Florida is America’s ‘super-covid’ hotspot with 46 cases of the highly contagious UK variant that has sickened at least 146 people in the US and spread to 60 countries
- Cases of the highly contagious coronavirus variant first detected in the UK have more than doubled in Florida from 22 to 46
- A North Carolina laboratory has also recently identified 13 new cases of the stain known as B 1.1.7.
- B.1.1.7 is feared to be up to 70% more transmissible and to spread more easily among children
- At least 146 Americans in 21 states have been infected with the variant
- A new WHO report found that B 1.1.7. has been detected in 60 countries, 10 more nations than it was seven days ago
Florida has become America’s new ‘super-COVID’ hotspot, leading the country in known cases.
At least 46 cases of the highly contagious variant first identified in the UK have been found in the Sunshine State, more than double the initial figure of 22.
This occurred just 20 days after the first case was identified on New Year’s Eve.
The new strain, B 1.1.7., is feared to be up to 70 percent more transmissible and to spread more easily among children.
It comes on the same day that 13 cases were identified by a North Carolina laboratory, which has not reported any cases of the variant today.
This means nearly 150 Americans have been infected with the strain since the first case was identified late last year.
Additionally, a recent report from the World Health Organization (WHO) revealed that 60 counties around the globe are now reporting cases of the variant.
At least 146 Americans in 21 states have been infected with the highly contagious coronavirus variant first detected in the UK
A new WHO report found that B 1.1.7. has been detected in 60 countries (yellow and stripes), 10 more nations than it was seven days ago
There are currently 146 cases in 21 U.S. states, according to a DailyMail.com analysis of federal and state data.
This includes at least 46 cases in Florida; 40 in California; 13 in North Carolina; six in Colorado; five in Minnesota; four each in Indiana and New York; two each in Connecticut, Maryland, and Texas; and one each in Georgia, Illinois, Louisiana, Massachusetts, Michigan, New Mexico, Oregon, Pennsylvania, Utah, Wisconsin and Wyoming.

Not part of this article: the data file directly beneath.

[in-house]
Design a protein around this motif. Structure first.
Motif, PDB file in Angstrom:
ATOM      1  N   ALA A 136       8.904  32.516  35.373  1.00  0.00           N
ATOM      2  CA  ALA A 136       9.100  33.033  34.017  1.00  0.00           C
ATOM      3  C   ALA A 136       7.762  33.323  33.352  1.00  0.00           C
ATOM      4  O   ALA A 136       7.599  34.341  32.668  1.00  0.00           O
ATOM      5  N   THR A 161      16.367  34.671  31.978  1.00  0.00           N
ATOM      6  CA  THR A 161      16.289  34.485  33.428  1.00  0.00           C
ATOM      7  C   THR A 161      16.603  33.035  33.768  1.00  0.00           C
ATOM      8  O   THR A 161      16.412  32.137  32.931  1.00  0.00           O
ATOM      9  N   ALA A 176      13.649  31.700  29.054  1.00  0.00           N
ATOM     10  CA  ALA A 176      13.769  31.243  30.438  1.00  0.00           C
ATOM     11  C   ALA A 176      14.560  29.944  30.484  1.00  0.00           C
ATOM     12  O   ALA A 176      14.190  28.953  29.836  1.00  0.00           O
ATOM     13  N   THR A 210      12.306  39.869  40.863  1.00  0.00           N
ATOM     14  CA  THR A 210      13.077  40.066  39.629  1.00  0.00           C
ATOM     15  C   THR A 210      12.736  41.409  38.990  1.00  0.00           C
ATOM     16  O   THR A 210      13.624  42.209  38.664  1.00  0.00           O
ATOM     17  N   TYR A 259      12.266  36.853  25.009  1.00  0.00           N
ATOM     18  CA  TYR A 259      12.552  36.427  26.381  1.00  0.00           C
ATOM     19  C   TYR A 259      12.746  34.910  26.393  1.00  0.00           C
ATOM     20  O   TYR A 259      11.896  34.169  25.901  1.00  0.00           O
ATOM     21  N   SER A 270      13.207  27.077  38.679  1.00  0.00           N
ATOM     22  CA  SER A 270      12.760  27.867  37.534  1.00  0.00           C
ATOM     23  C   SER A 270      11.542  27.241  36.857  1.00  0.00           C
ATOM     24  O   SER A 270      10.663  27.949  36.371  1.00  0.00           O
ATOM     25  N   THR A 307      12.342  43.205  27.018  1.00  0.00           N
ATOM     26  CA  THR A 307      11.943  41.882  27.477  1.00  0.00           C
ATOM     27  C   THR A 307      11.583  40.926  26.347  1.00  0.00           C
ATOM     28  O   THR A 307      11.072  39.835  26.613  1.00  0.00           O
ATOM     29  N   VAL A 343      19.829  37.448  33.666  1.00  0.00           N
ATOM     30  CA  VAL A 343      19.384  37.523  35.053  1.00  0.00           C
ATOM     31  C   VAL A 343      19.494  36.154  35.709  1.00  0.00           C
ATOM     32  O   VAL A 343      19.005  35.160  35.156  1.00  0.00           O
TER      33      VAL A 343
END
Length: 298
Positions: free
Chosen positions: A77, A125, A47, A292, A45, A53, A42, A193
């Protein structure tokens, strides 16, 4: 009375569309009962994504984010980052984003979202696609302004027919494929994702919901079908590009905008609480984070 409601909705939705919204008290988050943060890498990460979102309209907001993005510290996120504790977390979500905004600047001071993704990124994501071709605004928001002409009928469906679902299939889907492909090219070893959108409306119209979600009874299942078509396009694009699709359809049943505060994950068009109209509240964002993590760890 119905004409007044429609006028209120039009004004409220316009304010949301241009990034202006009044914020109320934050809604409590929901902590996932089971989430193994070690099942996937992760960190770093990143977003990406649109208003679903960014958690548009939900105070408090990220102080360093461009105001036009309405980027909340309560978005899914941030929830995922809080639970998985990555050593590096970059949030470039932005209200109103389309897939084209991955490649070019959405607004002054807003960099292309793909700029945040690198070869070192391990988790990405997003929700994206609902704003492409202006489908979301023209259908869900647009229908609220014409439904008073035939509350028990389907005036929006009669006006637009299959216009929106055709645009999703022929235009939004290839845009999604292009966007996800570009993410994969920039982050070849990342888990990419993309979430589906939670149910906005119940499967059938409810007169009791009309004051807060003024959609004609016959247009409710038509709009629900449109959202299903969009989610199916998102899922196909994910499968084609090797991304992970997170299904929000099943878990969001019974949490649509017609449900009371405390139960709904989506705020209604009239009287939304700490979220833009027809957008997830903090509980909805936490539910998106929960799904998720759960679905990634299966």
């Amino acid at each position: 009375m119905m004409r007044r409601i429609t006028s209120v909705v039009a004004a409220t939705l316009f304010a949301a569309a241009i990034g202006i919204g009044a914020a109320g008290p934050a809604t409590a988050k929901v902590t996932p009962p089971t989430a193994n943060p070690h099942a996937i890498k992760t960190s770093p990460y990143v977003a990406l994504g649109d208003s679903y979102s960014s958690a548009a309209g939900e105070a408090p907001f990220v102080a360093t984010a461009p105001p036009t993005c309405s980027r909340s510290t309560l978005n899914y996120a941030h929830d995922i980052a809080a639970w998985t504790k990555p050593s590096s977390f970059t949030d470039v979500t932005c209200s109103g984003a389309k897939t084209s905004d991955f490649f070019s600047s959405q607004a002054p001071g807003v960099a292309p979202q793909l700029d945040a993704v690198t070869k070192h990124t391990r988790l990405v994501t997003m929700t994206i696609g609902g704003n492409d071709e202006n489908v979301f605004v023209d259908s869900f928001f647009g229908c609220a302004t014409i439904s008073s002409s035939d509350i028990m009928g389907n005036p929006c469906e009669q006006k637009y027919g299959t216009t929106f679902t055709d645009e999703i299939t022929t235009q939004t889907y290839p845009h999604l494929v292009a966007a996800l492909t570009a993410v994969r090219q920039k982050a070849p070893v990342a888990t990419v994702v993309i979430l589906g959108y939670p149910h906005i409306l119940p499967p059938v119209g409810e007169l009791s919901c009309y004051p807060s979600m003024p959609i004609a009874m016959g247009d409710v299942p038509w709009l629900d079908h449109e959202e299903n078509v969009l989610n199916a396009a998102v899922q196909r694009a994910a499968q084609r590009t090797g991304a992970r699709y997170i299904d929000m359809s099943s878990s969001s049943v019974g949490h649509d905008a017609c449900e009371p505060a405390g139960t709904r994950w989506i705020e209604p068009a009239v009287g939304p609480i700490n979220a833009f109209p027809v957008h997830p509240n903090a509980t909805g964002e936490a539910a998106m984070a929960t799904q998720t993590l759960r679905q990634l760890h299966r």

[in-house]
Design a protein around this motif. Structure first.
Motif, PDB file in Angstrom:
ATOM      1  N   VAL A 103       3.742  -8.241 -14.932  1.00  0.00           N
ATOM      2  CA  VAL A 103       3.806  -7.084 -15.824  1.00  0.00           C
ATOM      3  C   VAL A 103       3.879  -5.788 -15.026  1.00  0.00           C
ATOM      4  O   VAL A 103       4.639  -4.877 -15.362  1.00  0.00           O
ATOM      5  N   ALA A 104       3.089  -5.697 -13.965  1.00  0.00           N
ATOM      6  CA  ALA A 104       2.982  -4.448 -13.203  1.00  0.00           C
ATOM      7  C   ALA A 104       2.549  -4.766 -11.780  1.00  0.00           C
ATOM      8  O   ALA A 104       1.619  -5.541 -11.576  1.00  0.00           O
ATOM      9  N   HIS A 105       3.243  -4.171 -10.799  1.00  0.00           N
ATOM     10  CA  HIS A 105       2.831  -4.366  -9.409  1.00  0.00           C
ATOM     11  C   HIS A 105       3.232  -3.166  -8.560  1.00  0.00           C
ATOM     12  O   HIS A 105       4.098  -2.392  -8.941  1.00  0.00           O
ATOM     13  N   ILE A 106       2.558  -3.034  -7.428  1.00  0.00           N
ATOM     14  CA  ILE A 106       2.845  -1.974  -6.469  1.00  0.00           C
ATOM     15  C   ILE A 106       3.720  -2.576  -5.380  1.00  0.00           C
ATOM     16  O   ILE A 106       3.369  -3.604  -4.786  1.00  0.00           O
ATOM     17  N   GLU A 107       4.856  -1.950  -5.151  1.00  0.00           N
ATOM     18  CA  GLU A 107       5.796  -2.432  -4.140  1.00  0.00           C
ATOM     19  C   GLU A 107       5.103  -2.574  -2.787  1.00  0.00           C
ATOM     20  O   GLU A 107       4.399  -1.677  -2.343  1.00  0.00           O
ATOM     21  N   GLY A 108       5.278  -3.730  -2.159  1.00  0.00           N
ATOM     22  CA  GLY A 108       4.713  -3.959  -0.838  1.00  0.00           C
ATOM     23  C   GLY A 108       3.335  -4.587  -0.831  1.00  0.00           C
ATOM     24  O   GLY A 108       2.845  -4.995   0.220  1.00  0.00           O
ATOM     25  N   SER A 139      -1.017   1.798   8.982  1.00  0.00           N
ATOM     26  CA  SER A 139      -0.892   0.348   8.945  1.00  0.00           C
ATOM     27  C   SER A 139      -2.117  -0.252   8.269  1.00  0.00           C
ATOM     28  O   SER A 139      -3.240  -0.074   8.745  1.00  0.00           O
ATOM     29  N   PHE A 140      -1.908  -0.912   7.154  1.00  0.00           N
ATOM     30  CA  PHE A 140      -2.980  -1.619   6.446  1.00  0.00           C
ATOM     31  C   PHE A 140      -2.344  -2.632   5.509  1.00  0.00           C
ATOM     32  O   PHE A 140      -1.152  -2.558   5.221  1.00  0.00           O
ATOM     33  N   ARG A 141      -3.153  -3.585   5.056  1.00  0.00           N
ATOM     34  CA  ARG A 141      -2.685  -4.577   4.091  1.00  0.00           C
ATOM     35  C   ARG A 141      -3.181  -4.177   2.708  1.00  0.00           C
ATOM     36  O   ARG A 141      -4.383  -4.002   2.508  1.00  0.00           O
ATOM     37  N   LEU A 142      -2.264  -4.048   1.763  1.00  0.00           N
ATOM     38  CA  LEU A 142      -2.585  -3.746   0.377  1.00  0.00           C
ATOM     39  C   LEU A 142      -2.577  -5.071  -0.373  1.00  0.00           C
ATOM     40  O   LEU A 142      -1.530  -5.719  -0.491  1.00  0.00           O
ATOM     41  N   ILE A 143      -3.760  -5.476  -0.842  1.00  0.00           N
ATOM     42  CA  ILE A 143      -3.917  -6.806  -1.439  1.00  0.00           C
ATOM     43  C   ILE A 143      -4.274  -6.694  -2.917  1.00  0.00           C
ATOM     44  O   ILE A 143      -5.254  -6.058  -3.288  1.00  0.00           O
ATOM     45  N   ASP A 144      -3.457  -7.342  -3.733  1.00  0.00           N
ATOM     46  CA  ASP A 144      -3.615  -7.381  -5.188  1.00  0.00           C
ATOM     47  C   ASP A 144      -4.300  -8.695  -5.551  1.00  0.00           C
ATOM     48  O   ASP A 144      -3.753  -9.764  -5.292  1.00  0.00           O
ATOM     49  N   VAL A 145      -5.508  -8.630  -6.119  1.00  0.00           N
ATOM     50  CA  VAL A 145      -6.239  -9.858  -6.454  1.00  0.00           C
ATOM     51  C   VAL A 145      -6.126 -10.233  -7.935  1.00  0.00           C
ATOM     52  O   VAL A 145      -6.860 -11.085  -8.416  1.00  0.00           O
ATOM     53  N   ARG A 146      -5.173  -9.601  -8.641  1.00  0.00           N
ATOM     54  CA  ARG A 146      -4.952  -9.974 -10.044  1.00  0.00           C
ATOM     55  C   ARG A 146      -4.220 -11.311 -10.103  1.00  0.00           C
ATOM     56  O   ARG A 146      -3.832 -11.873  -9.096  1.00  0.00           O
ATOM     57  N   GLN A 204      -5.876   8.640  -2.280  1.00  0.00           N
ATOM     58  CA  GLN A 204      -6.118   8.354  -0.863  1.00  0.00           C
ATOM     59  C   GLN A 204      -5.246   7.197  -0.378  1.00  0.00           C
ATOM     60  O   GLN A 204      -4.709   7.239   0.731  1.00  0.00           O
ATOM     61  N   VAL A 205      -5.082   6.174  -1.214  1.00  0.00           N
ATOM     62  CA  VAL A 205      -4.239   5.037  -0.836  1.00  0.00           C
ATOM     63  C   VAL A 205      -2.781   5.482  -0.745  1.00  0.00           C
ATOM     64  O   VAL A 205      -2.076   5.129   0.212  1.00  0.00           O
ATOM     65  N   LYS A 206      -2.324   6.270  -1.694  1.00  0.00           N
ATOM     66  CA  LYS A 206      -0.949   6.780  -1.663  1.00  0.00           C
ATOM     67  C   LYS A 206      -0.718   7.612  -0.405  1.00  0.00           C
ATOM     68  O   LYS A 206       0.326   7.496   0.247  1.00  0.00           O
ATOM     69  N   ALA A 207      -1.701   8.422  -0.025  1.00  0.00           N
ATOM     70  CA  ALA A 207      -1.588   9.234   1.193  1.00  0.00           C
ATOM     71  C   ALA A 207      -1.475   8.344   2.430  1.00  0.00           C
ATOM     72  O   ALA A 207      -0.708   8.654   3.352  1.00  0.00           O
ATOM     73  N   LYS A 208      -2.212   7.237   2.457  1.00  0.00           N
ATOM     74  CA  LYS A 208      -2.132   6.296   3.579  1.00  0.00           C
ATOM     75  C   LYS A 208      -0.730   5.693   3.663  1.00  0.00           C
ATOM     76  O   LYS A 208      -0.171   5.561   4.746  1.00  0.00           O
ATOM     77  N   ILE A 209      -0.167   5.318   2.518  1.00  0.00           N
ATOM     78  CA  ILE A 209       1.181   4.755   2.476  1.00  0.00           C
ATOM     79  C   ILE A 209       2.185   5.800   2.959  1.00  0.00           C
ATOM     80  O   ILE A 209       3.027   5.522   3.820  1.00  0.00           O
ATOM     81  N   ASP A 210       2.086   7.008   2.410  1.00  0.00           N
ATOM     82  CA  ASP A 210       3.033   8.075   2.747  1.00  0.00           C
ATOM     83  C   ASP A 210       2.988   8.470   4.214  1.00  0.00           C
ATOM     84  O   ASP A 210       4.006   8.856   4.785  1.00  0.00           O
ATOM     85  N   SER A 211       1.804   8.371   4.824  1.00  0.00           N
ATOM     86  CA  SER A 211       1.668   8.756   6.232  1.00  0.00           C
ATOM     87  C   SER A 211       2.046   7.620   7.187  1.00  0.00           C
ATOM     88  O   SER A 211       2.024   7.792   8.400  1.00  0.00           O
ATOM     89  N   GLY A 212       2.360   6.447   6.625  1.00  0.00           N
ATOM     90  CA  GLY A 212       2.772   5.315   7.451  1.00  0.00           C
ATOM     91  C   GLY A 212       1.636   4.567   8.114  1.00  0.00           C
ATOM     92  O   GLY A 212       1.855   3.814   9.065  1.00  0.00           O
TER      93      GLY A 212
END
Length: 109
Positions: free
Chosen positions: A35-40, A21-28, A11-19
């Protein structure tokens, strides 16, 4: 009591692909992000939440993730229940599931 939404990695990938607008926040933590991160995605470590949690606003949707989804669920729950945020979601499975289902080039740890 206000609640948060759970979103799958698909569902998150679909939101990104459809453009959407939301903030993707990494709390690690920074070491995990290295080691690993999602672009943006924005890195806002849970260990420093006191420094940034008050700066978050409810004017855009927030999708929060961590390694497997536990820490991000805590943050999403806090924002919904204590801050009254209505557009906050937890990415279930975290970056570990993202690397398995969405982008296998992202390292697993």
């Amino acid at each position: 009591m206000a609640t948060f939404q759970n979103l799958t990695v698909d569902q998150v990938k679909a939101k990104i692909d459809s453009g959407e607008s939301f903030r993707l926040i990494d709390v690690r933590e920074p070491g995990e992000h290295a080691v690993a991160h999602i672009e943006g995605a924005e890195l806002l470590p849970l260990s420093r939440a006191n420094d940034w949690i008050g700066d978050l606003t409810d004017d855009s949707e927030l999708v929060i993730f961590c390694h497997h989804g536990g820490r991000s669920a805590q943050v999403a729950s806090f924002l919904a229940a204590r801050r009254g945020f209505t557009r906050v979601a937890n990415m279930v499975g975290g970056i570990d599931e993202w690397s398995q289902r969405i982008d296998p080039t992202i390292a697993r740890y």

The North Carolina cases are the most recent ones identified by MAKO Medical Laboratories, which has two location in Henderson and the third in Raleigh.
‘Our findings show that the mutation has begun to work its way throughout the United States,’ said Steve Hoover, Vice President of Laboratory Operations at MAKO Medical, in statement.
‘We are in constant communication with public health leaders to keep them informed and updated.’
Florida, however, leads the nation in cases at 46.
Dr Marco Salemi, a University of Florida professor and molecular biologist, told the Miami Herald is calling on the state and federal government to expand surveillance of the new variant.
‘We know it’s in Florida,’ he said.
‘What percent [of cases] is impossible to say. The genomes we have were likely collected before or at the very beginning of the introduction of [the variant] to Florida.’
The Florida Department of Health has only sequenced about 3,000 samples so far.
Last week, the CDC published a report predicting the new variant will become the predominant strain by March 2021.
This led President Joe Biden to call for more funding towards efforts to genetically sequence the virus at the federal level.
Meanwhile, in its weekly update released on Tuesday, the WHO announced said B 1.1.7. is now in 10 more countries than it was seven days ago.
Counties outside of the UK to report cases of the variant include Argentina, Australia, Brazil, Canada, China, France, Germany, India, Italy, Japan, Mexico, Russia, Saudi Arabia, Spain and the U.S.
The WHO report also mentioned close cousins of the variant that were first identified in South Africa and Brazil.
The South African variant has now been identified in 23 countries, three more nations than 10 days ago.
The strain first emerged in southeast England in October in the county of Kent and has quickly become the dominant strain in Britain.
It led to a massive spike in infections with one in 30 Londoners infected with it a and plunging the country into a third lockdown.